Hunting for Beauty in Materials: Masanori Oji
Japanese handicraft designer, Masanori Oji has a way of finding beauty in materials and expressing it in simple forms and items for the home. Originally trained as an architect, he works with some of Japan’s best craftsmen to create objects out of metal, wood, and porcelain under the moniker of his studio, Oji & Design.
Three years ago Masanori relocated from Tokyo to the historic, slower paced city of Kawagoe, where his design studio is now based. About an hour from Tokyo, this picturesque town, in the Saitama Prefecture is known for its sweet potatoes, candy stores and remnants of Edo-period culture and traditions. “It is a place where you can still see ancient culture and streets. I lived in Tokyo before, but I thought about how nice it would be for children to play in nature and have a relaxed walk with my family on old streets, so I decided to move out of the city” says Oji.
To add another dimension to his longstanding career as a designer, next year he and his friends are working towards the launch of a shop called Kumu (meaning to link or unite) in Tokyo that will bring together the work of this talented group. It will feature his full line of home goods along with the work of other talented designers. “The world is a collage of people and things from all over the place. They may appear unrelated, but they fill the space with positive energy when they meet one another in appropriate settings. We are aiming to create a place for those pieces of the world to get together. This is going to be the most exciting project in the next few years” says Masanori.
INTERVIEW: Oji Masanori, Designer, Oji & Design, Kawagoshi City, Saitama Prefecture, Japan
01 How would you describe the aesthetic of the objects you create?
When I design, I give my full attention to the material and technology involved. I constantly ask myself, “Is this the right material?” and “Is this the right technology?” I never use certain material or technology just so that I can achieve a certain form. It is often mistakenly assumed that there is a “perfect form” in the world of traditional arts and crafts. This isn’t true. It is quite important to search out the beautiful appearance buried in the gradation between the raw material and the finished product.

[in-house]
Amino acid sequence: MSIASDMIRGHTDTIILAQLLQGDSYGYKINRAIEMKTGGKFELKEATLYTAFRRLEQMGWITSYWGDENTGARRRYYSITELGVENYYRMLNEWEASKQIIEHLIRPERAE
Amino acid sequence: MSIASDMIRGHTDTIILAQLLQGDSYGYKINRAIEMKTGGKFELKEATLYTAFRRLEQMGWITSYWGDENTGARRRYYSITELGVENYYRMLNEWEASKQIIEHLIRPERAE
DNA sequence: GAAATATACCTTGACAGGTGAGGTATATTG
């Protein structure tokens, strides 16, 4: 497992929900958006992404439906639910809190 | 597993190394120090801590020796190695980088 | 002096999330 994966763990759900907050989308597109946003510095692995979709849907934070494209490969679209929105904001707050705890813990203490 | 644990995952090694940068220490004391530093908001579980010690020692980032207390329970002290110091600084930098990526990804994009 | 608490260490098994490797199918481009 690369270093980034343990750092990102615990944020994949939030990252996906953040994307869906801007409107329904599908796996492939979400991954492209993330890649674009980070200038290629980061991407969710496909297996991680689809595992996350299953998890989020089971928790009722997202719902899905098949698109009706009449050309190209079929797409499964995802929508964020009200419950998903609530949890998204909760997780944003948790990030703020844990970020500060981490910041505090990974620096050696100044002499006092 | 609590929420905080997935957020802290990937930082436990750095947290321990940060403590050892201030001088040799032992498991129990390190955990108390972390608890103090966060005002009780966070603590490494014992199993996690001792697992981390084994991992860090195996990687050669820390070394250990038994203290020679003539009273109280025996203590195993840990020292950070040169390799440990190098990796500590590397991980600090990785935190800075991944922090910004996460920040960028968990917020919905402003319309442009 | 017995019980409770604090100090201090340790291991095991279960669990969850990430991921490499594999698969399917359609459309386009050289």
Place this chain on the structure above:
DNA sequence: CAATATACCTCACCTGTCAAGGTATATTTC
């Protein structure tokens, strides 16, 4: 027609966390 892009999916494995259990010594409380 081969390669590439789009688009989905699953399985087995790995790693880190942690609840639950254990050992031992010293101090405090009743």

02 What materials do you typically work with as a designer?
My design is not limited by material. I can come out with a design by leveraging the best technology and material available.
03 What was the inspiration and process involved behind designing your brass cast cutlery set for example?
Brass casting manufacturer, FUTUGAMI who used to make Buddhist altar fitting products is who I started working with five years ago to make brass products (like the cutlery). Their zaratsu surface is characterized by the expression of a rough, textured casting surface. The cutlery takes advantages of the texture of this brass zaratsu. I designed the cutlery to explain and express Western tableware in the Japanese way. It needs to be shaped well to make people feel that they are holding chopsticks, or that it reminds people of the feeling of holding chopsticks.
04 How about the bagel plate!? What is it made out of and why did you create this tray with a cup in the middle?
In comparison to glass or another similar material, a wooden cup or plate has better elasticity and it is hard to break if you drop it. For the bagel plate, it is often hard to hold both a cup and a plate at the same time when you and your friends are standing outside of the house and eating. So, I thought it would be nice to create a hole in the plate for the cup. This way it would be easier to hold both cup and plate while standing and chatting.
05 How often do you design new tableware items?
I plan to come out with new items every year. Currently I am making pitcher for Japanese Saka. On top of that, I also plan to make some more brass cutlery plus a few other items.
06 Where can your work be purchased?
Please refer to the link below. You can find worldwide sellers of my products
Photo Source: Oji & Design